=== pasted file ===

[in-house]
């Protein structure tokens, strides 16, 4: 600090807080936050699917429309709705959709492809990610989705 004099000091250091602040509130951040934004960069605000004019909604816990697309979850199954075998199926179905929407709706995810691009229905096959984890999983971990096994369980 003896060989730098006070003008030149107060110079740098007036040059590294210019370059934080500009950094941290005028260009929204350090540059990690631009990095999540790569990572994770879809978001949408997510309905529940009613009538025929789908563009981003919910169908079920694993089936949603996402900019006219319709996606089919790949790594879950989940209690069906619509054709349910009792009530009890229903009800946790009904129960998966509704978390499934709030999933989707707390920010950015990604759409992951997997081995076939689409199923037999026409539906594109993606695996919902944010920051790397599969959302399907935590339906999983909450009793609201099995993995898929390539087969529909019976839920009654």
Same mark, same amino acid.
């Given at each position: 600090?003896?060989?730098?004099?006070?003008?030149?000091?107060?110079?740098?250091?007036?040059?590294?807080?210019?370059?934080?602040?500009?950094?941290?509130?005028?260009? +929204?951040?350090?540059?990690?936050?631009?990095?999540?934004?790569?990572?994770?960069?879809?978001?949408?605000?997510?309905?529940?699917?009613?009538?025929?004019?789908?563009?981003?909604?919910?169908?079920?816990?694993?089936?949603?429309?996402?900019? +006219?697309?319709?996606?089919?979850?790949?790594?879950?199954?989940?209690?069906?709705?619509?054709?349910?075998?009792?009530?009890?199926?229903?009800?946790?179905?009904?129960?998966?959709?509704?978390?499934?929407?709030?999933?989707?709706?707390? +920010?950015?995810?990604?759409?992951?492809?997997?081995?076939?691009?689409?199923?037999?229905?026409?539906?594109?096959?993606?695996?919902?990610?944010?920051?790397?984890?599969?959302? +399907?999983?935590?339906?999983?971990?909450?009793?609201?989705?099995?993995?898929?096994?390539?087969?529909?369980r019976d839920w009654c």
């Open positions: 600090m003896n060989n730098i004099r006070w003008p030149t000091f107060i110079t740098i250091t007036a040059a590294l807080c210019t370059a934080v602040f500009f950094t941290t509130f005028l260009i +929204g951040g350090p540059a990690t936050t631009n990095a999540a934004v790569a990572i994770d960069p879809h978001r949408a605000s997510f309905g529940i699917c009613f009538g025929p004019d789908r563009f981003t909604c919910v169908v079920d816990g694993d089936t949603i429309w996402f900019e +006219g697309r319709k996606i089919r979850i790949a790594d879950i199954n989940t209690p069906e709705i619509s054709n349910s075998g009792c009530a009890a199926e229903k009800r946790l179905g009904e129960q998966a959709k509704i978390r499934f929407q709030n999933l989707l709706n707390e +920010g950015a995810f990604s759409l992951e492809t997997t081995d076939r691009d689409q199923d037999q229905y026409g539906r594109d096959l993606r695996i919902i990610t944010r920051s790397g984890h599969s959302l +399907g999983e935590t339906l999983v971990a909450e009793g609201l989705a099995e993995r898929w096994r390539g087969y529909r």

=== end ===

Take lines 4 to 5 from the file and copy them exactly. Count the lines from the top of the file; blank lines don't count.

């Given at each position: 600090?003896?060989?730098?004099?006070?003008?030149?000091?107060?110079?740098?250091?007036?040059?590294?807080?210019?370059?934080?602040?500009?950094?941290?509130?005028?260009? +929204?951040?350090?540059?990690?936050?631009?990095?999540?934004?790569?990572?994770?960069?879809?978001?949408?605000?997510?309905?529940?699917?009613?009538?025929?004019?789908?563009?981003?909604?919910?169908?079920?816990?694993?089936?949603?429309?996402?900019? +006219?697309?319709?996606?089919?979850?790949?790594?879950?199954?989940?209690?069906?709705?619509?054709?349910?075998?009792?009530?009890?199926?229903?009800?946790?179905?009904?129960?998966?959709?509704?978390?499934?929407?709030?999933?989707?709706?707390? +920010?950015?995810?990604?759409?992951?492809?997997?081995?076939?691009?689409?199923?037999?229905?026409?539906?594109?096959?993606?695996?919902?990610?944010?920051?790397?984890?599969?959302? +399907?999983?935590?339906?999983?971990?909450?009793?609201?989705?099995?993995?898929?096994?390539?087969?529909?369980r019976d839920w009654c």
């Open positions: 600090m003896n060989n730098i004099r006070w003008p030149t000091f107060i110079t740098i250091t007036a040059a590294l807080c210019t370059a934080v602040f500009f950094t941290t509130f005028l260009i +929204g951040g350090p540059a990690t936050t631009n990095a999540a934004v790569a990572i994770d960069p879809h978001r949408a605000s997510f309905g529940i699917c009613f009538g025929p004019d789908r563009f981003t909604c919910v169908v079920d816990g694993d089936t949603i429309w996402f900019e +006219g697309r319709k996606i089919r979850i790949a790594d879950i199954n989940t209690p069906e709705i619509s054709n349910s075998g009792c009530a009890a199926e229903k009800r946790l179905g009904e129960q998966a959709k509704i978390r499934f929407q709030n999933l989707l709706n707390e +920010g950015a995810f990604s759409l992951e492809t997997t081995d076939r691009d689409q199923d037999q229905y026409g539906r594109d096959l993606r695996i919902i990610t944010r920051s790397g984890h599969s959302l +399907g999983e935590t339906l999983v971990a909450e009793g609201l989705a099995e993995r898929w096994r390539g087969y529909r």